Radio-controlled electronic ultra-micro helicopters have certainly come a long way. If you don't mind spending $120 on a toy, you can take a step up from those nearly uncontrollable styrofoam Picoo-Z helicopters, finding yourself in the realm of four-channel maneuverability.
That's what you get with the E-Flite Blade mCX RTF, a $120 kit that includes everything you need to get flying right away. Come with us as we take a pair of them for a reckless spin around the living room.
The kit includes the tiny 7.9-inch copter that weighs a mere ounce, a battery that gives you 7 minutes of ultra-fun flying, a charger where you park the battery for a full charge in a half hour, and a 4-channel transmitter control panel. That lets you smoothly adjust throttle, rotate left and right, go forward or backward, and steer from side-to-side. Because of its feather weight, E-flite recommends flying the mCX indoors.
The helicopter's dual rotors (coaxial, counter-rotating) and internal gyro make it remarkably stable. Once the controls are balanced ("trimmed"), if you let go of all the levers, the helicopter flies in place, dutifully holding its position until you steer it again.
We found it to be exceptionally maneuverable, except it seems to be a whole lot better at turning left than turning right. But that didn't keep us from learning how to fly these babies with pinpont precision. After just a few hours we were able to maneuver them without crashing much, cruising them all over the house, and even landing them in formation.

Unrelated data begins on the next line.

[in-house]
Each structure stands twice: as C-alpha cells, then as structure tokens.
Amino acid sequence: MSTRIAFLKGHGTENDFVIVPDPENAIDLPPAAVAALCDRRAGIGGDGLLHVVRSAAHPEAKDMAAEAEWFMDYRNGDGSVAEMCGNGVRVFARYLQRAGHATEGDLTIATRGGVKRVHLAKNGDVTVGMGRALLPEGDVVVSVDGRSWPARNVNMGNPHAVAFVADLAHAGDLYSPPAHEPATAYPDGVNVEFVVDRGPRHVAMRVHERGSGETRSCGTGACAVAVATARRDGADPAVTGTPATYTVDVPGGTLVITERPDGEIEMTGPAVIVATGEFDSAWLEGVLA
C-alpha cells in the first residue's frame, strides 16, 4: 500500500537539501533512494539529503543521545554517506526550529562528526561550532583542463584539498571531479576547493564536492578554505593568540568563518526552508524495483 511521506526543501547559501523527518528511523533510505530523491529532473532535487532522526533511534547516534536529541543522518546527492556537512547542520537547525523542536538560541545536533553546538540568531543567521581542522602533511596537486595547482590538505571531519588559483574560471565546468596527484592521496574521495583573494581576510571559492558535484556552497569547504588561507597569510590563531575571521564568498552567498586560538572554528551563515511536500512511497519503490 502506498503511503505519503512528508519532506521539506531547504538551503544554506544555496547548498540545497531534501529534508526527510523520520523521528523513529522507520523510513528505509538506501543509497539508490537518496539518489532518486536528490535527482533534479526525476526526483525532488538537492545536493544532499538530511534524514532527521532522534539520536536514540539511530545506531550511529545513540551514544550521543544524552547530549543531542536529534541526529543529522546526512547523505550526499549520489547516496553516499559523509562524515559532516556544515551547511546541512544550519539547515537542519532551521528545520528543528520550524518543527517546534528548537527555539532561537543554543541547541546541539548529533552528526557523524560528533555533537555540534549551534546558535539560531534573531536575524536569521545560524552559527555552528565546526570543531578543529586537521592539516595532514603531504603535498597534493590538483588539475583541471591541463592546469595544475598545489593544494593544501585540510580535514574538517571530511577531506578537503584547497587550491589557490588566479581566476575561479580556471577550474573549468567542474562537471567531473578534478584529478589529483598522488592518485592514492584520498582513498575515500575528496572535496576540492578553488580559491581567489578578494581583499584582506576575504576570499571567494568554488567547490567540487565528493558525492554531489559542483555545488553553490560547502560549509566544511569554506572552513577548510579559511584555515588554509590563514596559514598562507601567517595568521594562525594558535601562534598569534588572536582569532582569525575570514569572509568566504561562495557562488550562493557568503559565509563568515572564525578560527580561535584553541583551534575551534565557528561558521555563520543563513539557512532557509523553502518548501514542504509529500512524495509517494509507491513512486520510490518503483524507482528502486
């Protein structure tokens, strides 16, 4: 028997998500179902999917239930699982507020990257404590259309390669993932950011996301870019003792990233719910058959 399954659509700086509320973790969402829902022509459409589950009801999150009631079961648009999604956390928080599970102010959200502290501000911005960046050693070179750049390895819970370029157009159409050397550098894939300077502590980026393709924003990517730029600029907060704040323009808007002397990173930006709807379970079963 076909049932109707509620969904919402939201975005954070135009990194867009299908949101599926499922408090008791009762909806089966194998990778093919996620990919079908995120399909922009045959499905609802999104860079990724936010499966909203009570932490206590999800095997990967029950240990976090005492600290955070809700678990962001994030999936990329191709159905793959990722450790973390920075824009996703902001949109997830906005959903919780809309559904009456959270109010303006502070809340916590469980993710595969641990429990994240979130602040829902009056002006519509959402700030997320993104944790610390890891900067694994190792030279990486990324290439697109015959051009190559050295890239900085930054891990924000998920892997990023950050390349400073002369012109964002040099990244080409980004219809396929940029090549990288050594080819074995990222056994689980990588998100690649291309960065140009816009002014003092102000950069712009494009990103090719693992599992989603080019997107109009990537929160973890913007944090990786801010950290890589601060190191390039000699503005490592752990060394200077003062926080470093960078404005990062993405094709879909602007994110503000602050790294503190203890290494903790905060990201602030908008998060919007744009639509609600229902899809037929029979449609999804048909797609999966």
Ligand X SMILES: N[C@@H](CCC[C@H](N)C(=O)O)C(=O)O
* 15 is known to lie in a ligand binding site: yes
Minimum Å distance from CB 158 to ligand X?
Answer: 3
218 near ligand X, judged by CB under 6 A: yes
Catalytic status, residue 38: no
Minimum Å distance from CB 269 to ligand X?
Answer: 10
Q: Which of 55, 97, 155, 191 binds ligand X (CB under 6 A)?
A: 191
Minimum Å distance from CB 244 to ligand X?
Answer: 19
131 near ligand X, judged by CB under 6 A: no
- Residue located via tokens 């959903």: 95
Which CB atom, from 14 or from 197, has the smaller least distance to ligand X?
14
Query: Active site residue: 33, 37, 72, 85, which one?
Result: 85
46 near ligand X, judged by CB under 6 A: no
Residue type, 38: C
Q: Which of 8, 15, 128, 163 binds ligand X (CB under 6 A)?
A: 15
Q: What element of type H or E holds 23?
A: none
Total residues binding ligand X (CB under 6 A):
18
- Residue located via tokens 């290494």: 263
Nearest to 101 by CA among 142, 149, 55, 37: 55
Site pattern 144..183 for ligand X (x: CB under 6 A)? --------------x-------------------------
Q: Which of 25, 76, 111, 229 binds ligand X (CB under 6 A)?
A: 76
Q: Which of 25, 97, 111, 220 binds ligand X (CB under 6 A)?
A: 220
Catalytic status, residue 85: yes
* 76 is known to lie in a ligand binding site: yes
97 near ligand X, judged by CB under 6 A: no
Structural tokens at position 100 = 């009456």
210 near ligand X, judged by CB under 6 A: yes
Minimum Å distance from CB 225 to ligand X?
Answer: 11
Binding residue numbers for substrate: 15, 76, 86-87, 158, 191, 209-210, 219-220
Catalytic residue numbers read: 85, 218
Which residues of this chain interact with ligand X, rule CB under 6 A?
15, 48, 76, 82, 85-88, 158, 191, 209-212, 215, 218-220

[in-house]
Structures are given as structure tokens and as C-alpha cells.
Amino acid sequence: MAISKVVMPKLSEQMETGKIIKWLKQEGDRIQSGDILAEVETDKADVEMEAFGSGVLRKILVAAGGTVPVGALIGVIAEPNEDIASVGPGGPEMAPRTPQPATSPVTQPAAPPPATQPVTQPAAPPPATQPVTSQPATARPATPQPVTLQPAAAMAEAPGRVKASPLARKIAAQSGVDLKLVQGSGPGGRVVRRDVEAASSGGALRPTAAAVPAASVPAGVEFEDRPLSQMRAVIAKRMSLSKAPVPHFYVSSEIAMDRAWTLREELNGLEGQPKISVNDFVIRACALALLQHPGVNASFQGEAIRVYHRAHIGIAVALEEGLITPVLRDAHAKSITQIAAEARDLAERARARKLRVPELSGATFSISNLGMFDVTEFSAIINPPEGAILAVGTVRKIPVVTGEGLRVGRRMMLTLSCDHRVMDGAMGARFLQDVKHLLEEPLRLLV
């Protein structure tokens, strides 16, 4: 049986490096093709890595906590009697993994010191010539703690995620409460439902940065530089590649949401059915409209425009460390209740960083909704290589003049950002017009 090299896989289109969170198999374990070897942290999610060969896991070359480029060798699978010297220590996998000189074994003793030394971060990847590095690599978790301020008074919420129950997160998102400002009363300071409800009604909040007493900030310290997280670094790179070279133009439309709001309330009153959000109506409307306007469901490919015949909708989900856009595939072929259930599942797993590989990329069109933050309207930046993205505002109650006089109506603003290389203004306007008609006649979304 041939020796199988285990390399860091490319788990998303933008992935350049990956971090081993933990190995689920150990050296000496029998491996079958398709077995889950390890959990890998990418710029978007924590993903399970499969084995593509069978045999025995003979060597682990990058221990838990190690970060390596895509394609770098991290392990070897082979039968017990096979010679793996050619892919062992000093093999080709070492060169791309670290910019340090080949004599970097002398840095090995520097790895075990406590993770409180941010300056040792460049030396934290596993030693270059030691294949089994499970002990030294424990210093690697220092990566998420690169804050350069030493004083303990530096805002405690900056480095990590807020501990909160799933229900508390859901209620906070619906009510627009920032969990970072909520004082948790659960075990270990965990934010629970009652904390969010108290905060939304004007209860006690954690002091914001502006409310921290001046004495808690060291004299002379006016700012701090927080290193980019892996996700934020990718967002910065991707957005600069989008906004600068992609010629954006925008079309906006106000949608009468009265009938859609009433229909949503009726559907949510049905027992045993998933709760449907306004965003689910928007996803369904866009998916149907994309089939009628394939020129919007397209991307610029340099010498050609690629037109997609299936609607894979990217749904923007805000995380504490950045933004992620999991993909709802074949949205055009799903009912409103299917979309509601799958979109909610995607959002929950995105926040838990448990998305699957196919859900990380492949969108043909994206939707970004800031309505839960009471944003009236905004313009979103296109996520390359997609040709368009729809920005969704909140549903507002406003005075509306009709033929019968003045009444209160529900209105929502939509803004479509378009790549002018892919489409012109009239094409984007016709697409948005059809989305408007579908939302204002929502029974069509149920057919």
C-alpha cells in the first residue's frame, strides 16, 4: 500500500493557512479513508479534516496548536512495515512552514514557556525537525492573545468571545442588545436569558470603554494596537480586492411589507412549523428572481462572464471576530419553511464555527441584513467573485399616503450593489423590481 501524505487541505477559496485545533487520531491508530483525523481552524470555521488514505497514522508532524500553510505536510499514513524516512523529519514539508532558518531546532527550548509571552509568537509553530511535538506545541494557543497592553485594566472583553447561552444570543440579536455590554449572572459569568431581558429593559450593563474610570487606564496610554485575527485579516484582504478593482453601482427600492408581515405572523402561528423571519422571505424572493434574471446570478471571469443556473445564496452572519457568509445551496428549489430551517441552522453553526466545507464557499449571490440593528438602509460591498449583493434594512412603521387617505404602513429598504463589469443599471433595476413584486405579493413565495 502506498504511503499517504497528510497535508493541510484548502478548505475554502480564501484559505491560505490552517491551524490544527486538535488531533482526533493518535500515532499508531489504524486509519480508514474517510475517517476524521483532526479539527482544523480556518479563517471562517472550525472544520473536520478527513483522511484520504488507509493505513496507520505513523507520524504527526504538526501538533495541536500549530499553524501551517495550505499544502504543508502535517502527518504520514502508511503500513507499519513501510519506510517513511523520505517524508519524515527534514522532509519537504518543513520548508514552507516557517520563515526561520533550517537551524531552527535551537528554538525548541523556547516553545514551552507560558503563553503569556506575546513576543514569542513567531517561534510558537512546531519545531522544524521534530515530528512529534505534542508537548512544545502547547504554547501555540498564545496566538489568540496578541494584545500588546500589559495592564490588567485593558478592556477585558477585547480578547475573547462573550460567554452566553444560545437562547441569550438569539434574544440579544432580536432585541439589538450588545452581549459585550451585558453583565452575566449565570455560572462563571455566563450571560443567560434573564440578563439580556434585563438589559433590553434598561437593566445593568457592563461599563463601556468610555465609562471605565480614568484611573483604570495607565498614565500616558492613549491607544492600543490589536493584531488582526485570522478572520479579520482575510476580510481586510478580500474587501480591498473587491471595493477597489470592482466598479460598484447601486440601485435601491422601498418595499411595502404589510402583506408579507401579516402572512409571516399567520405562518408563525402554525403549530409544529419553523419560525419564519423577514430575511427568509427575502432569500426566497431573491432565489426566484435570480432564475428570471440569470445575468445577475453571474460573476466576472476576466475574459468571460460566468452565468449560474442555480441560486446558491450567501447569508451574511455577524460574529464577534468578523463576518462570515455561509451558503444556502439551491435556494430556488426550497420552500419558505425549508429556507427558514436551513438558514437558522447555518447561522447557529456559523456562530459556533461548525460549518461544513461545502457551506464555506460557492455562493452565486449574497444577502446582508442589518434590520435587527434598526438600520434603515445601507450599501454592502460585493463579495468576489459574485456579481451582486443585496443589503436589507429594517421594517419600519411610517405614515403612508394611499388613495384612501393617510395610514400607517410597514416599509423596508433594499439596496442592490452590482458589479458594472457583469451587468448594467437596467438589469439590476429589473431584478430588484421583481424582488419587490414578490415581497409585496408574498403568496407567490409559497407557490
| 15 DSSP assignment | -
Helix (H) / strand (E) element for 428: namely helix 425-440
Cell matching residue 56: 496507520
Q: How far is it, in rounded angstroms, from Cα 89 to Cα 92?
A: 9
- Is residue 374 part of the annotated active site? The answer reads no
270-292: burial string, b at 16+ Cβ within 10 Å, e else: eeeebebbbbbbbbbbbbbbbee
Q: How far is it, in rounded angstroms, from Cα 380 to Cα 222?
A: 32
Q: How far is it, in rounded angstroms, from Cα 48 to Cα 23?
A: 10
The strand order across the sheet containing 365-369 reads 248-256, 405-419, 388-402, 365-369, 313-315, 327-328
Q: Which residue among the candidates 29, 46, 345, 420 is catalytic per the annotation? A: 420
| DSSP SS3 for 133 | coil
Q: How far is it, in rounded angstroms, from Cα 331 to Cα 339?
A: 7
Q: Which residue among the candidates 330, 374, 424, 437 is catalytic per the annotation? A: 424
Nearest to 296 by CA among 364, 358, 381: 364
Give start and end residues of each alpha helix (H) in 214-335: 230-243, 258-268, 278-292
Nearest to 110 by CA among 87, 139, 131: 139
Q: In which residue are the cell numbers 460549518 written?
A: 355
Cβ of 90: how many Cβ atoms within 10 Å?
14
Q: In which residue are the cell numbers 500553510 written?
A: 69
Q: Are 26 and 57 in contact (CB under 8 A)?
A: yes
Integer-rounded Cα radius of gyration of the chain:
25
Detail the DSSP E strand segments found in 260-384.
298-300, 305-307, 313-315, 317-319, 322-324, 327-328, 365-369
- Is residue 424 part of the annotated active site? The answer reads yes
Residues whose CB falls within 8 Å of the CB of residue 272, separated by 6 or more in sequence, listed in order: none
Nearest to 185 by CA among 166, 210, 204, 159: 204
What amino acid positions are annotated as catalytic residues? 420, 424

Admittedly, we were rough on the little suckers, flying them around with reckless abandon. Even so, they're too fragile. They're fairly easy to fix once you break them, and you will crash them. Unless you're already a skilled pilot, you'll probably need spare parts. If you want to get into this, you might want to just buy two of the helicopters, and some extra batteries — as you can see in the video, it's lots of fun to fly them with (and against) each other.
We love these E-Flite Blade mCX helicopters. Even though they can't fly upside down like the most advanced $500 helicopters, they're so maneuverable that with a little practice, you'll find yourself flying them around even the tightest spaces without hitting anything. They're well worth your $120.